Frank Miller’s “300” Departs from the Original, but it’s a Story no Stylizing can Diminish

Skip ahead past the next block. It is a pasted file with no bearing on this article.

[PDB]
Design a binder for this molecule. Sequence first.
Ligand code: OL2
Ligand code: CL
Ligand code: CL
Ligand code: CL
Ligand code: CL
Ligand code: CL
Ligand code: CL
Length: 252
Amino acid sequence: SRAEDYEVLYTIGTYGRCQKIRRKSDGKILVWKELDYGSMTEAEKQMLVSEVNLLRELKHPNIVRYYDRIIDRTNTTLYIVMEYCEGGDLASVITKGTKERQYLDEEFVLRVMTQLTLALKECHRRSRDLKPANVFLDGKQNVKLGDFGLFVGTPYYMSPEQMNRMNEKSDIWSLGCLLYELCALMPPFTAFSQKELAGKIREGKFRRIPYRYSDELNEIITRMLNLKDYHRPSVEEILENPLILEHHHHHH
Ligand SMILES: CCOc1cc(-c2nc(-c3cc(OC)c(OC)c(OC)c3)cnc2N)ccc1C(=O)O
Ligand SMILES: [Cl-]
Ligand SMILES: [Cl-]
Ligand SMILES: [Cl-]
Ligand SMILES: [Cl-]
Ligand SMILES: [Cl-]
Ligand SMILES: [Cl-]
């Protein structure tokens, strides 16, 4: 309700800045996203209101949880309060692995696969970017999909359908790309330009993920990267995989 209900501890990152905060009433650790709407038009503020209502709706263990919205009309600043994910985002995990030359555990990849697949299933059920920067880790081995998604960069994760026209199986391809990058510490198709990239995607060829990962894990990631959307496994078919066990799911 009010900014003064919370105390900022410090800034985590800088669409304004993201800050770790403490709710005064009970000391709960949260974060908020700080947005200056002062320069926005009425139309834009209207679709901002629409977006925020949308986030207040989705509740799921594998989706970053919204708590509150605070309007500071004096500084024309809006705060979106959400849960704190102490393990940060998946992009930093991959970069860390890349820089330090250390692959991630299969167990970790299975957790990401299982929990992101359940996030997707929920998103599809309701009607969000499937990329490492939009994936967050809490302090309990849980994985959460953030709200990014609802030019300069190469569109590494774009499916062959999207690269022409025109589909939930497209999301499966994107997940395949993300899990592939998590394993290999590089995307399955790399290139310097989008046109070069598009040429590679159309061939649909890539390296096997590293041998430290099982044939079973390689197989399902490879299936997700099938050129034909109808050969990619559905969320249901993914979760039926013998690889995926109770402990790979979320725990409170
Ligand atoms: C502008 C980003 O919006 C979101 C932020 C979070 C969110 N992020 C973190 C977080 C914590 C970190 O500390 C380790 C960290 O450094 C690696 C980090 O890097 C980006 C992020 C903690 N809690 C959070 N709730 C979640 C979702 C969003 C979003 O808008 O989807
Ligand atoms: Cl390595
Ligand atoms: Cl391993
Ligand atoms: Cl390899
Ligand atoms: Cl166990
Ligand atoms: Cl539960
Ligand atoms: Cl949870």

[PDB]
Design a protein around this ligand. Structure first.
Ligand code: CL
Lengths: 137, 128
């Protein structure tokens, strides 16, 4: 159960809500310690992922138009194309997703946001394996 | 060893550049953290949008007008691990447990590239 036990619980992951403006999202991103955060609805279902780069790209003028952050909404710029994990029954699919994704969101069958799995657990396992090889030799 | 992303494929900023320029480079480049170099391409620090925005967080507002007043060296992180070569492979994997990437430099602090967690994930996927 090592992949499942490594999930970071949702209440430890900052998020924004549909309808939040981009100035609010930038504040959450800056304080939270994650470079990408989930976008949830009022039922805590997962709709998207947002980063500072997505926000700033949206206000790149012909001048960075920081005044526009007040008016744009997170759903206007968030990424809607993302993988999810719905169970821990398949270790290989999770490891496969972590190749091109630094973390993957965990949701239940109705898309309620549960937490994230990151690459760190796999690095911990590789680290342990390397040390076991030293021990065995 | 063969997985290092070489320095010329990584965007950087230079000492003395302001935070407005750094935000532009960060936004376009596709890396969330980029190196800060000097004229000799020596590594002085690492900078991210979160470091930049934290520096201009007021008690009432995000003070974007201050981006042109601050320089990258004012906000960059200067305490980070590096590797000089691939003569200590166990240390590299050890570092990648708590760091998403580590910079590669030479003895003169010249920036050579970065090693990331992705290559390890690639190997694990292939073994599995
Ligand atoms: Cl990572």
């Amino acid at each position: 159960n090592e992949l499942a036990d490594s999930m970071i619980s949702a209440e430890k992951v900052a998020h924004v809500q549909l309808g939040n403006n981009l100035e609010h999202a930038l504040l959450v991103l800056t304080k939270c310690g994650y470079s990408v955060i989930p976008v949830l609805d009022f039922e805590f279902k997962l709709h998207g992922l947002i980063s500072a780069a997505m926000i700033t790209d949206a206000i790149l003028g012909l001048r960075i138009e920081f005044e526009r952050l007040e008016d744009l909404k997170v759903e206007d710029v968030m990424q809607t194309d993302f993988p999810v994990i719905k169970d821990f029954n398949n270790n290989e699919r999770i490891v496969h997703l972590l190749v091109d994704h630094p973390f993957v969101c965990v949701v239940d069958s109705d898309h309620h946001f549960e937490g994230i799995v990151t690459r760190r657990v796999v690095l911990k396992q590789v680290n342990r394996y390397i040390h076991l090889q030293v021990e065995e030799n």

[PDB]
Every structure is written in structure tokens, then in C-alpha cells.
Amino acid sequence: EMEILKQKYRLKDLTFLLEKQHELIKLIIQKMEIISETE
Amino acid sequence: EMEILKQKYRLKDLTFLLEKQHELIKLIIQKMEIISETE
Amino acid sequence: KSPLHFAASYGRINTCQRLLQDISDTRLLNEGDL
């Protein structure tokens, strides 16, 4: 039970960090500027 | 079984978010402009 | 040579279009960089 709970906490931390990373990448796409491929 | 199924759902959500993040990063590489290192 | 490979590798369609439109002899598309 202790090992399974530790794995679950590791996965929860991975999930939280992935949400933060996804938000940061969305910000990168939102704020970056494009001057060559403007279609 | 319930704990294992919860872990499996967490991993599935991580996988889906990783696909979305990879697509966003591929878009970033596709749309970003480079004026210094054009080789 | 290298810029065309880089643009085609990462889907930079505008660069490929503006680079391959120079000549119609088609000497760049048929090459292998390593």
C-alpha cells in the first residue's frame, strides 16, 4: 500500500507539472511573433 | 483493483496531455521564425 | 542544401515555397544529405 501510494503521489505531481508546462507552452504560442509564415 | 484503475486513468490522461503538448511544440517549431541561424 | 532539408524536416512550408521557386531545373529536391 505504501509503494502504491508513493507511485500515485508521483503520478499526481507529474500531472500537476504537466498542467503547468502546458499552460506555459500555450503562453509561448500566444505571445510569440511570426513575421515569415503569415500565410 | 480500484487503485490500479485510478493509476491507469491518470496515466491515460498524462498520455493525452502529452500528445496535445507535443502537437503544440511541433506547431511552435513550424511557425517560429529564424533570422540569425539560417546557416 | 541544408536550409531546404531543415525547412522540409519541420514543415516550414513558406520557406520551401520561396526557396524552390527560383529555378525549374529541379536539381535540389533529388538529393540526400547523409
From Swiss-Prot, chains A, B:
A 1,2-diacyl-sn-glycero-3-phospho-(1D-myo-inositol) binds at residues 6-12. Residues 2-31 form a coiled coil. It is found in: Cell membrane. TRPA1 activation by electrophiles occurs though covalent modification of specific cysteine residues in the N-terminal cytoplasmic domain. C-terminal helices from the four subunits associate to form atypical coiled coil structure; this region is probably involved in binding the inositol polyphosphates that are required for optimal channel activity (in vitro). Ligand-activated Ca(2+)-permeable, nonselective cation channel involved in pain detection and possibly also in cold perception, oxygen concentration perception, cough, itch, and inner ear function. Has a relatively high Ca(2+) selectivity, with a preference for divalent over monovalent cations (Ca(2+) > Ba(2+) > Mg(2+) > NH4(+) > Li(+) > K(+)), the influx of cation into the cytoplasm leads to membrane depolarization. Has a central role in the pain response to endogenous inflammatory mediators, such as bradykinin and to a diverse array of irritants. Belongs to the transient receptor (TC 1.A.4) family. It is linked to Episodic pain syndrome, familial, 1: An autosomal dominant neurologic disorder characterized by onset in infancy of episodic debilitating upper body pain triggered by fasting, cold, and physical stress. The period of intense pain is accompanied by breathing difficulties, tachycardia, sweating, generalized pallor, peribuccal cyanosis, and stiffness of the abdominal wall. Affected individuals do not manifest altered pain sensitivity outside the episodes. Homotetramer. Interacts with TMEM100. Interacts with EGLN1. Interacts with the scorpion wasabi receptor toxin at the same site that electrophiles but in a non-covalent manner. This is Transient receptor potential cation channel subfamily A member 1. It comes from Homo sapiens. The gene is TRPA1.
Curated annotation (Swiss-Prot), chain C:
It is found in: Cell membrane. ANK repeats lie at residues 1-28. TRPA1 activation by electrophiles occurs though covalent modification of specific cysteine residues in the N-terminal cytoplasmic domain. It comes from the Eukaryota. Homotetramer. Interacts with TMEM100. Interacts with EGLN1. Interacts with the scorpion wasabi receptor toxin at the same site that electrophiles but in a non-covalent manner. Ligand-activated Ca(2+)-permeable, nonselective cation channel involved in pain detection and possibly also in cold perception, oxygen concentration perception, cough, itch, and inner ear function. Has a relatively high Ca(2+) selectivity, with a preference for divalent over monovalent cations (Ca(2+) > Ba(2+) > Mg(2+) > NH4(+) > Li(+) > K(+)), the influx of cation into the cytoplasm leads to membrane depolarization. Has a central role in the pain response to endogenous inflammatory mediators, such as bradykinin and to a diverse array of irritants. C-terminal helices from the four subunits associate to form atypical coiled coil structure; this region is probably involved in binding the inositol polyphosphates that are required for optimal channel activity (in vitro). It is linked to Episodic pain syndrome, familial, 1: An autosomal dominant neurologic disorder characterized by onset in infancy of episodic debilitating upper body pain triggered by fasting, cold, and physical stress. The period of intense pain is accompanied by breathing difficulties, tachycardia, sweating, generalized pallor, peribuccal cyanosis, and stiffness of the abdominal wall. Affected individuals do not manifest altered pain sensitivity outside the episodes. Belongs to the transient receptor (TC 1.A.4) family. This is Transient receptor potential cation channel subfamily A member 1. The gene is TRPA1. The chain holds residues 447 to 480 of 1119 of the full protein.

The word “patriotism” was defined around 480 B.C. when a small but mighty force met overwhelming numbers head-on in a battle with no odds of winning. I originally read the book “Gates of Fire” by Steven Pressfield some years ago and have been in love with the story ever since. I was unfamiliar with Frank Miller’s graphic novel, “300” until now. The film was based upon the graphic novel – more so, perhaps, for its imagery and Frank Miller’s reputation rather than purely its story. The “300” blew away both me and my wife. I’ve ordered the Frank Miller graphic novel as a token of my respect and appreciation for such a well-made movie from such a well-told story. A more historically accurate version of this tale could be told, but in a way it deserves a near mythical telling. Despite the surreal spin the movie takes, it is an appreciable tangent with fantastic notions to better acquaint a modern audience to its alien premises. If you’re familiar with the original stories, it’s plain enough to see the deviations. The meaning however, is something that can’t be lost in any retelling of the Battle at Thermopylae – an ideal I believe Zack Snyder, the director of “300,” kept in his heart.

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